"It draws empirically from comparative case studies in Latin America from the Global Development Network (GDN) research project designed and directed by Perry and Naqvi. Its results are relevant for policymakers and planners, as well as development practitioners and academics." (Hannah Keren Lee, E&U Enviroment & Urbanization, environmentandurbanization.org, December, 2017)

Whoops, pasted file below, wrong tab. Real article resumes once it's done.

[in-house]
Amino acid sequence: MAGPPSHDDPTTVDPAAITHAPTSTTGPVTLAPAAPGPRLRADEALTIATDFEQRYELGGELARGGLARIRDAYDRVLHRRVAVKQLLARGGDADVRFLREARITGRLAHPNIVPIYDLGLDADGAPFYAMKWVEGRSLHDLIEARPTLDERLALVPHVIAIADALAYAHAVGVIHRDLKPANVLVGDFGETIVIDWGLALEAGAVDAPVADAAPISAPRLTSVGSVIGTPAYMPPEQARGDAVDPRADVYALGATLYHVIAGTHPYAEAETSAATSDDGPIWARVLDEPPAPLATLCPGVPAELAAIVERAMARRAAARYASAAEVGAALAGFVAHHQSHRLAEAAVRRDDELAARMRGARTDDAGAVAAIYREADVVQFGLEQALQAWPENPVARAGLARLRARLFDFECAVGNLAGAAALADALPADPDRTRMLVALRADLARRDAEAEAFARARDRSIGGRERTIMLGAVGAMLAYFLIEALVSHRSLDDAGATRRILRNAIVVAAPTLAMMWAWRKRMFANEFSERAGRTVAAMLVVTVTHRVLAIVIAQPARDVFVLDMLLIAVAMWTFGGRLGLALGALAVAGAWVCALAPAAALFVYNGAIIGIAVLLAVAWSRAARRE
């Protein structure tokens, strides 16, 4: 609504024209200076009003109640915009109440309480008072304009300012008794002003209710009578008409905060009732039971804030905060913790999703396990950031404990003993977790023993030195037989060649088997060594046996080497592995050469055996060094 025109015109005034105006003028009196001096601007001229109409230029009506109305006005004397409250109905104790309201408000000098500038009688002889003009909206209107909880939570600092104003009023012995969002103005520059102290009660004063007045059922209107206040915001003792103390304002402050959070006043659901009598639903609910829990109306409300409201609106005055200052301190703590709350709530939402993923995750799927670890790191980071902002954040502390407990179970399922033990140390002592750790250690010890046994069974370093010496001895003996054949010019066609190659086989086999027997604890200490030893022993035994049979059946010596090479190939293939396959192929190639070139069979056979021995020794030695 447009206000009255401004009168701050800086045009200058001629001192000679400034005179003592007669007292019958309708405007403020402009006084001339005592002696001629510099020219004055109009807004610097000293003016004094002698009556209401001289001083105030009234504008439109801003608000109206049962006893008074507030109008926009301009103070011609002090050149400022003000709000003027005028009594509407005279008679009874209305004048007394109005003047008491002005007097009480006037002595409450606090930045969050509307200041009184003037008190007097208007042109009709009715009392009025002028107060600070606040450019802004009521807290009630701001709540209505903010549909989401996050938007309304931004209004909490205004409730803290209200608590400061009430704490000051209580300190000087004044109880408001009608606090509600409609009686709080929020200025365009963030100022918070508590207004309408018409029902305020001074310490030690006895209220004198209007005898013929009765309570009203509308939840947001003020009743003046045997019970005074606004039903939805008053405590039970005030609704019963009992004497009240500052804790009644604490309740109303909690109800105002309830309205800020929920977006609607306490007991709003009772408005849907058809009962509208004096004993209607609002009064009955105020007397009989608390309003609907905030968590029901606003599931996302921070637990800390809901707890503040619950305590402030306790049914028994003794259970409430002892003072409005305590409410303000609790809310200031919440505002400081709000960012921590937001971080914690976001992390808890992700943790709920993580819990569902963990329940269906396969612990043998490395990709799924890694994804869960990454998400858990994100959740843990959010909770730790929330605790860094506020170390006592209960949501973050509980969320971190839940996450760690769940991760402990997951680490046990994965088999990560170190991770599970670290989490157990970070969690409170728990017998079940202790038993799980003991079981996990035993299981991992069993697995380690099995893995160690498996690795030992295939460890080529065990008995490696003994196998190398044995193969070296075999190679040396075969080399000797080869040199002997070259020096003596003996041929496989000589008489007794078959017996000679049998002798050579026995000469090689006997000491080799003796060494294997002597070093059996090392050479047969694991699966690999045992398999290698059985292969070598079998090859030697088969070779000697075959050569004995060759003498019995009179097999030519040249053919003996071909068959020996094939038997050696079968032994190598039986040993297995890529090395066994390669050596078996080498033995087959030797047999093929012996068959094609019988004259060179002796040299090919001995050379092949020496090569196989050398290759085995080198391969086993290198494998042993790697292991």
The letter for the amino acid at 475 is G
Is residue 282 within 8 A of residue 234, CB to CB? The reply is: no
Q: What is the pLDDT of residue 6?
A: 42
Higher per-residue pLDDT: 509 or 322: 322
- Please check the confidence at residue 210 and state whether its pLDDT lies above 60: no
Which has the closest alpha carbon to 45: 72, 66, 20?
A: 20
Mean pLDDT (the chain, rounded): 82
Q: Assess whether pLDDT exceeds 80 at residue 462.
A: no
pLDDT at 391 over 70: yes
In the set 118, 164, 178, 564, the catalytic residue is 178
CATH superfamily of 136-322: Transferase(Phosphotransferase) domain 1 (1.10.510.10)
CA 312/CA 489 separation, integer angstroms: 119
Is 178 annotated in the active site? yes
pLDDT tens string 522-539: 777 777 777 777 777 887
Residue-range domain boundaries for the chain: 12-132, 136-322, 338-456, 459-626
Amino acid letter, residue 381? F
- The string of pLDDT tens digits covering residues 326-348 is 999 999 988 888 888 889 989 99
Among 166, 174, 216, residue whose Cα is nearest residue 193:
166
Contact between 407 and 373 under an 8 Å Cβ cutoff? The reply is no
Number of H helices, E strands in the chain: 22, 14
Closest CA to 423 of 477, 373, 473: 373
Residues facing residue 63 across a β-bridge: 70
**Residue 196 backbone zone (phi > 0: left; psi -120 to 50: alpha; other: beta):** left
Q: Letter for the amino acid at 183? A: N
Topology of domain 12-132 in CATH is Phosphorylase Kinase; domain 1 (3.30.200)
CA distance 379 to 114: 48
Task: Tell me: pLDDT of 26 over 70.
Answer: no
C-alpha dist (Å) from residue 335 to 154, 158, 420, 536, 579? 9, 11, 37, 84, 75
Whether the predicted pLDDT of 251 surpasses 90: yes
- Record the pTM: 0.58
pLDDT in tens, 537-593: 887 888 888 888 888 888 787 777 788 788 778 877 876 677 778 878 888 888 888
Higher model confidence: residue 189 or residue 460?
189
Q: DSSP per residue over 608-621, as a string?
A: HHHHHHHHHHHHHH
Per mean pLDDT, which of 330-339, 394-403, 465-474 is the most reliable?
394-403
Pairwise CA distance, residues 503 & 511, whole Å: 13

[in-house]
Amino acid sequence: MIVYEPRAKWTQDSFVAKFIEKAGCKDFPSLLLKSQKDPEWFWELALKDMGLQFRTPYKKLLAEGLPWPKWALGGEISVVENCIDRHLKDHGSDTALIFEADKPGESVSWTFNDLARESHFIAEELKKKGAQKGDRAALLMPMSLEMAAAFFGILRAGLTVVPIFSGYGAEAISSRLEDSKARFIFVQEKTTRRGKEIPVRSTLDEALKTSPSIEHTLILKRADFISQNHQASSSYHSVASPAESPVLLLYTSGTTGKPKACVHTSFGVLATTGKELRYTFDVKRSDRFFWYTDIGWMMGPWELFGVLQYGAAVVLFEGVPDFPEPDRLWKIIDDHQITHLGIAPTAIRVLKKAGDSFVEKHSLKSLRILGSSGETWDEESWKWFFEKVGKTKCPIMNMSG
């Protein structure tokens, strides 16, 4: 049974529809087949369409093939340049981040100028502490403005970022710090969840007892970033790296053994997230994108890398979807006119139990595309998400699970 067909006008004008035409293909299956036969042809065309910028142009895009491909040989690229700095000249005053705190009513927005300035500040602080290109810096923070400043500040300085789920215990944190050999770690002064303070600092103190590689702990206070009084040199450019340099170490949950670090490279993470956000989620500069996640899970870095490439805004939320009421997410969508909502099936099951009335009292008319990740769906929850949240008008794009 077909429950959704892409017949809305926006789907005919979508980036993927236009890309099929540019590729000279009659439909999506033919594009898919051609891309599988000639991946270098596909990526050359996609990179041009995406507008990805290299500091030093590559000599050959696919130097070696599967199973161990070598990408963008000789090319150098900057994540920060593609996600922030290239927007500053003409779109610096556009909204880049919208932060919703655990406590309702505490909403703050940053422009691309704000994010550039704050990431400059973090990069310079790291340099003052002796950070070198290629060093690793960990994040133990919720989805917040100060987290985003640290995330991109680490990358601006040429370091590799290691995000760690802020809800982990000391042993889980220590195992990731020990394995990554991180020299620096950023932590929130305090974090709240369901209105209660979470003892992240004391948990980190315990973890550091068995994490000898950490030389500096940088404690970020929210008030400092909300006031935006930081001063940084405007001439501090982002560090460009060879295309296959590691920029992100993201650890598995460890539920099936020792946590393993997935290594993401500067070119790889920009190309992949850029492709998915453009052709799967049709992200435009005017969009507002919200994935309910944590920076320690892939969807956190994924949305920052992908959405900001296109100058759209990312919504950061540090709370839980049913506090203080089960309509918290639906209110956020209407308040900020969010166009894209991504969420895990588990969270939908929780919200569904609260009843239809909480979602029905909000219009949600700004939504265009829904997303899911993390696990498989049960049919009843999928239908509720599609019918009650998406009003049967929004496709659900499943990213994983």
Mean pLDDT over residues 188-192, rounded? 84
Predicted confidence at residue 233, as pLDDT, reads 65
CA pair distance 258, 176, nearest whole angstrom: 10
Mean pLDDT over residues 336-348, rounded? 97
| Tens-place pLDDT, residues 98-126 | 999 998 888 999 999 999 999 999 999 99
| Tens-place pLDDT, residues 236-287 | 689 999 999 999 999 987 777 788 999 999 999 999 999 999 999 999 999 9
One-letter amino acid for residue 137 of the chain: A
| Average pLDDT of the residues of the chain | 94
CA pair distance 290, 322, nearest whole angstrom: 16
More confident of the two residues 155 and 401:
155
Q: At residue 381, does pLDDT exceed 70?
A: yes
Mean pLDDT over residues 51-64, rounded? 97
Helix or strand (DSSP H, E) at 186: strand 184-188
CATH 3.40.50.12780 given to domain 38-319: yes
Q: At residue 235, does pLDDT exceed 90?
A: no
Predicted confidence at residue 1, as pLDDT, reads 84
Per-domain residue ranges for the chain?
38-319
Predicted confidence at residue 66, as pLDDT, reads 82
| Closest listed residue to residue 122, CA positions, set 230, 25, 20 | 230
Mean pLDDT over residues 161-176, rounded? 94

This book presents insights from several countries in Latin America and beyond on how to organize critical sectors, such as education, roads and water, to improve quality, access and affordability. The innovative, multi-disciplinary studies in this volume discuss the outcomes of decentralization, school autonomy, participatory budgeting at the local level and other accountability mechanisms. Rich quantitative analyses are complemented and enhanced by insights from interviews and quotes from those on the front lines: politicians, bureaucrats and service providers; as well as a variety of case-studies focusing on wider political economy questions, on the intricacies of political competition and governance reform, and on public spending efficiency in countries as varied as Colombia, Peru, Chile and Uruguay. As the authors demonstrate, Latin America has much to share with the rest of the world in terms of governance and public service delivery experiments and learnings.